Con Edison is committed to integrating public safety considerations in system planning, design work, and system operations. Formal periodic inspection, testing, and maintenance of electric, gas, and steam transmission and distribution infrastructure confirms that system elements will continue to provide safe and reliable service. When field work is performed, extensive requirements for work-area protection are implemented to make certain that Con Edison employees and the public are protected from potential hazards. To help identify and quickly report any hazards that may be associated with street work, a cross-functional team of operating personnel, the Work Area Protection Committee, has been assembled to meet regularly for the purpose of identifying and sharing best practices.
Con Edison of New York also regularly communicates useful safety information to customers in our regular Customer News bill insert. O&R customers receive an insert titled @home. These publications provide seasonal safety tips for severe weather and remind customers about staying safe around downed power lines. In addition, the inserts along with O&R and Con Edison of New York websites offer safety tips about residential electric and gas use, along with information about carbon monoxide and generator safety. In 2012, Con Edison also began to send e-mail communications in preparation for and during severe weather, reminding customers how to report outages and sharing critical safety information related to the storm.
Con Edison of New York performs extensive stray-voltage testing on an ongoing basis. Stray voltage is the term for the presence of electrical energy where it should not be present, such as on lampposts, sidewalk grates, or other structures. The company uses a fleet of vehicle-mounted-mobile stray-voltage detectors to test equipment and ensure public safety. The high-tech vehicles are dispatched throughout the company’s service territory year-round and use sensors to detect stray voltage as low as one volt on manhole covers, gratings, service boxes, light poles, neon signs, and other structures. Stray voltage can also be detected through manual contact voltage testing.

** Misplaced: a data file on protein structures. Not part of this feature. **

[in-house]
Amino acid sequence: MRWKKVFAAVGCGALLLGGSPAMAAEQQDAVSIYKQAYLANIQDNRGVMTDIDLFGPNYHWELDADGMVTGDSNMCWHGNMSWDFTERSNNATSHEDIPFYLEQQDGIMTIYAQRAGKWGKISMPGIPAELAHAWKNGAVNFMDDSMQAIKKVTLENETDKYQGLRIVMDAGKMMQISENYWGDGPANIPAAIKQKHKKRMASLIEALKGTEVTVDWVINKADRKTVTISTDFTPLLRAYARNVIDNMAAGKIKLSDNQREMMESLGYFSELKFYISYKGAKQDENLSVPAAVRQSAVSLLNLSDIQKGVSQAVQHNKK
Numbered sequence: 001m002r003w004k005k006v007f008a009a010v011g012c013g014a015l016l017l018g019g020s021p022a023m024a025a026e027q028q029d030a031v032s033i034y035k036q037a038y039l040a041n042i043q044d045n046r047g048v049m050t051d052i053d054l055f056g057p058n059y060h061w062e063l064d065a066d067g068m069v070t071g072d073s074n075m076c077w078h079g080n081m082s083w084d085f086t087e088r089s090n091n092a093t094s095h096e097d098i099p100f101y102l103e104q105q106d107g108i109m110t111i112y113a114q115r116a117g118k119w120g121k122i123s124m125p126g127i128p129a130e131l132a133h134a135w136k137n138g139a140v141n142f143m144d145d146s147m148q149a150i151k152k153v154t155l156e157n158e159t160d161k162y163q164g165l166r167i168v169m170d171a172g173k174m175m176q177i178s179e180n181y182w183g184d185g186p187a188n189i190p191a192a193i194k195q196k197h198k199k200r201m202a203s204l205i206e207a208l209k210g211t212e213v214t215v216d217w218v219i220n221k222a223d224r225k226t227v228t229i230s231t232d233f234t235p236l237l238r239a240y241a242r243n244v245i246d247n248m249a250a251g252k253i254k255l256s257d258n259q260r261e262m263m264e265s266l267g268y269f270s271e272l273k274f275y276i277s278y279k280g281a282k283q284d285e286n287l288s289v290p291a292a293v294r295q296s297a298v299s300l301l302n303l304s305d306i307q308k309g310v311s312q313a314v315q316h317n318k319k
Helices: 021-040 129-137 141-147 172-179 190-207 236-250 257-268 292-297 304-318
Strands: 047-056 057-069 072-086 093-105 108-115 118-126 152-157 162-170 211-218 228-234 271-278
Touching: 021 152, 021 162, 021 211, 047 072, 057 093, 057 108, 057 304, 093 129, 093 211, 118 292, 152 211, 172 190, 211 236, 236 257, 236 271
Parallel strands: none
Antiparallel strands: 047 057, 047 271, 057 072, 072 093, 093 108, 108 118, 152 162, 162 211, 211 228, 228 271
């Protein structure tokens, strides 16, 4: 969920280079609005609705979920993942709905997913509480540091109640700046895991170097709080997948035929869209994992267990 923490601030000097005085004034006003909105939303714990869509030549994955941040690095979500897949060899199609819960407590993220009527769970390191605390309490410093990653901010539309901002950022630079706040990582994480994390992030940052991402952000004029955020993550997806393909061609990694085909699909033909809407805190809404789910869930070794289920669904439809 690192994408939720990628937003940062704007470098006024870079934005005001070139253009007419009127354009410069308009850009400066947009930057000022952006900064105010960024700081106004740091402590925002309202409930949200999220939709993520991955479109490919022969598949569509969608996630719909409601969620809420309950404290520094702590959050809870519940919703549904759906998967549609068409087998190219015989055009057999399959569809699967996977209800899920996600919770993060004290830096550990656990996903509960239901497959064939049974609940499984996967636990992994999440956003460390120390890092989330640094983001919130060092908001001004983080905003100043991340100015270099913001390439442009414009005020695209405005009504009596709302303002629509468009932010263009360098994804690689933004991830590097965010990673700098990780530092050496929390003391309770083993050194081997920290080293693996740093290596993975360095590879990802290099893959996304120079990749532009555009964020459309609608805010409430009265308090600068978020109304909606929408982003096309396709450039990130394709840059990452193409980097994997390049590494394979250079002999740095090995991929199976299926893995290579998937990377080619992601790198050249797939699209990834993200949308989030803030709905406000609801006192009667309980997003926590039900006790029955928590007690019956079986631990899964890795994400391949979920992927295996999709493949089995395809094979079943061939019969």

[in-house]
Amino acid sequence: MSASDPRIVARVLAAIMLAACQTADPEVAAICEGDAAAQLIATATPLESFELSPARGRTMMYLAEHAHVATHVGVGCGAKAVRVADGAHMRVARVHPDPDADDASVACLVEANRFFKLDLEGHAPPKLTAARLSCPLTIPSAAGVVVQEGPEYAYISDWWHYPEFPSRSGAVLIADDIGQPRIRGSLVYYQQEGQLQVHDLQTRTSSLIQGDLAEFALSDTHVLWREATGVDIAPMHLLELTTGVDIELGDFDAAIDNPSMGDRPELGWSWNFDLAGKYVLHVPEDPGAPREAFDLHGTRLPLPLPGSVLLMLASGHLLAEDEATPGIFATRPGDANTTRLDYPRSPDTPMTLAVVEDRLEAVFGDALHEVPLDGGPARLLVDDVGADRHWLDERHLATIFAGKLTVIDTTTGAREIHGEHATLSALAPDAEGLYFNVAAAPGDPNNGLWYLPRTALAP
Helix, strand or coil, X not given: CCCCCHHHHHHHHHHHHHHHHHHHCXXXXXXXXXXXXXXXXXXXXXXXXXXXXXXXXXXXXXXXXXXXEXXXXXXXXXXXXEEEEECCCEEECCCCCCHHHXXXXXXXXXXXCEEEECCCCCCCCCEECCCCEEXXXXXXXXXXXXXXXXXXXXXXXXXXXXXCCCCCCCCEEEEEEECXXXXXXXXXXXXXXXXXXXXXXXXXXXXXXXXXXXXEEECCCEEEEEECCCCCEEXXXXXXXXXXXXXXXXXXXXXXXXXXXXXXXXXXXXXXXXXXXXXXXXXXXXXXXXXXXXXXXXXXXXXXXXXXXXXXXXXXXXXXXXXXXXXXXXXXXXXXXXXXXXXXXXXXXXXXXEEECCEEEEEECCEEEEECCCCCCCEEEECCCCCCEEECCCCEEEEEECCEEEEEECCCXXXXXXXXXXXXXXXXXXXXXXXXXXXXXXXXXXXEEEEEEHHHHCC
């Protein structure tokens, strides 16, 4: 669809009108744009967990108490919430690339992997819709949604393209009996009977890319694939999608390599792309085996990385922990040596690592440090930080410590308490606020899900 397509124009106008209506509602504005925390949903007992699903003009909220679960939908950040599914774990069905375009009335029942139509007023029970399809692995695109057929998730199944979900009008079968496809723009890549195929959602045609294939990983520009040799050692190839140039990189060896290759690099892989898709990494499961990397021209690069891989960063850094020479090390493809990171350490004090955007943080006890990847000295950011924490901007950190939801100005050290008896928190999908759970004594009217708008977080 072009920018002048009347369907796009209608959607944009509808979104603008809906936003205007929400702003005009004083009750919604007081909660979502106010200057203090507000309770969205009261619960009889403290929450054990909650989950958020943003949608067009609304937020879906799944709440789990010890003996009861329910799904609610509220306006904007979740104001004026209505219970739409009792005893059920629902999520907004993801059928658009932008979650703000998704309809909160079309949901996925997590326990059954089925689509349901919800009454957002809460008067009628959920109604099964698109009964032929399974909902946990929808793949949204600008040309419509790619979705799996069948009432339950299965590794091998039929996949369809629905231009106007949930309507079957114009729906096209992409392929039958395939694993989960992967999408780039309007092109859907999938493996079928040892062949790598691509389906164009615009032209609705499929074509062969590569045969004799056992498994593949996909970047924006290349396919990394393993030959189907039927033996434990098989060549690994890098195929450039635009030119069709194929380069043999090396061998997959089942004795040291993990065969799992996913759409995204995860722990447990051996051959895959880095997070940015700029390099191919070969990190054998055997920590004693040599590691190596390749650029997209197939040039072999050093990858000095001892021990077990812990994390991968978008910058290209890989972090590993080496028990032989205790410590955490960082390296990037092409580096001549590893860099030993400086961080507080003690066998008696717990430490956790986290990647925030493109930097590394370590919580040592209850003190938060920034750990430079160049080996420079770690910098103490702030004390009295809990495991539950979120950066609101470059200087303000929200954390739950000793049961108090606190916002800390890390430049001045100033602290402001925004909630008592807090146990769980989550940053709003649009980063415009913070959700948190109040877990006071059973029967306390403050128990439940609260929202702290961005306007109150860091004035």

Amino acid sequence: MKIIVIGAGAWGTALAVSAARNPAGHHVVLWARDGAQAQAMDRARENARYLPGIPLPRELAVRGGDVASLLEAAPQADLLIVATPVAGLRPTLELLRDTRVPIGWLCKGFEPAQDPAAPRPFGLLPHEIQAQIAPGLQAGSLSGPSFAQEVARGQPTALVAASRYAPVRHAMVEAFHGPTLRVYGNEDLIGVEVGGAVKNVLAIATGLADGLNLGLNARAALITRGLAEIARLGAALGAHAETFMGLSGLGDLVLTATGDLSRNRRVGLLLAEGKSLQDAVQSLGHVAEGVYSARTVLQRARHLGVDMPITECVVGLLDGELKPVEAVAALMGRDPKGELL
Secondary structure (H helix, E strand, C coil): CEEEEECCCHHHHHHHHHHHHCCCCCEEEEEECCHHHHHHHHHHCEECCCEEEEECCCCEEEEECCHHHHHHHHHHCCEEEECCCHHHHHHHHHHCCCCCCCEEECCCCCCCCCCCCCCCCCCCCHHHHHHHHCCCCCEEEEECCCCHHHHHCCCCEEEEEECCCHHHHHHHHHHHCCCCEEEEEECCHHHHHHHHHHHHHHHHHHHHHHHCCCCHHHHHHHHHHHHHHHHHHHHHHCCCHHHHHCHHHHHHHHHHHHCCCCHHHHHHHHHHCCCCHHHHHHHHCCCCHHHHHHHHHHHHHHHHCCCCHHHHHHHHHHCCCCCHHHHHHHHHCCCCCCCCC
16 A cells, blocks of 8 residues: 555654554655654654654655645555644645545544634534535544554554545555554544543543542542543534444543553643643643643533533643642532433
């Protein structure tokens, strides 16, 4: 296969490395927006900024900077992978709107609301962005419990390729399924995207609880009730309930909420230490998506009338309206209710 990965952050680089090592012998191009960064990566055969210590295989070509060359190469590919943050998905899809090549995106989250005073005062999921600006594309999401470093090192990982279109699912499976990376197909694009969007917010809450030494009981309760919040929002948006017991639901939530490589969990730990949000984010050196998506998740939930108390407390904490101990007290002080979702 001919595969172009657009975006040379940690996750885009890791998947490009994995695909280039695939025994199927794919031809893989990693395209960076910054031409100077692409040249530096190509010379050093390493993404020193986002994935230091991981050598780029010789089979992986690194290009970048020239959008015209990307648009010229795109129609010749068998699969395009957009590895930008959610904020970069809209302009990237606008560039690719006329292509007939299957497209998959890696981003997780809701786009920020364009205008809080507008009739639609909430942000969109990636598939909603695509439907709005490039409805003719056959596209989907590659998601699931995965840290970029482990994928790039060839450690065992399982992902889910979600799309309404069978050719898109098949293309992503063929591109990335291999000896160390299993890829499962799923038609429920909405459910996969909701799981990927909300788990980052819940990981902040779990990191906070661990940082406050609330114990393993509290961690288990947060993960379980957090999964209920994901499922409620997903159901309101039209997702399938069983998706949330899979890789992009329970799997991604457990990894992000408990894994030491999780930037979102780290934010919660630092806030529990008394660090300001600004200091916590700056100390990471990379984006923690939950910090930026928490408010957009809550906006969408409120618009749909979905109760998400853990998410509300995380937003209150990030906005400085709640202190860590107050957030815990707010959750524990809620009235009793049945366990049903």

The mobile stray-voltage-detectors enable Con Edison of New York to perform multiple scans of geographic areas more quickly than using manual testing alone. The vehicles have the advantage of not needing to make direct contact with a structure to test it for stray voltage. The manual testing program, involving crews with hand-held voltage detection equipment, surveys structures in New York City and Westchester County once a year. The vehicles, however, are able to conduct system-wide surveys far more frequently. In 2012, the company completed 11 system sweeps using the mobile detectors. In 2012, as a result of stray-voltage surveys, the company found and eliminated 3,056 cases of stray voltage. Of this total, 1,637, approximately 54 percent, were on non-company equipment, such as streetlights, electric signs, and other structures.
Orange and Rockland carries out comparable stray-voltage testing in its territory. During 2012, there were 101,890 overhead and 18,324 underground distribution structures tested. In addition, 6,577 transmission structures and 69 substation fences were stray-voltage tested. 2,522 traffic signals and street lights were also tested. For all of 2012, there were 18 stray-voltage findings in excess of one volt identified in the Orange and Rockland service territory. All were corrected, and there were no associated injuries.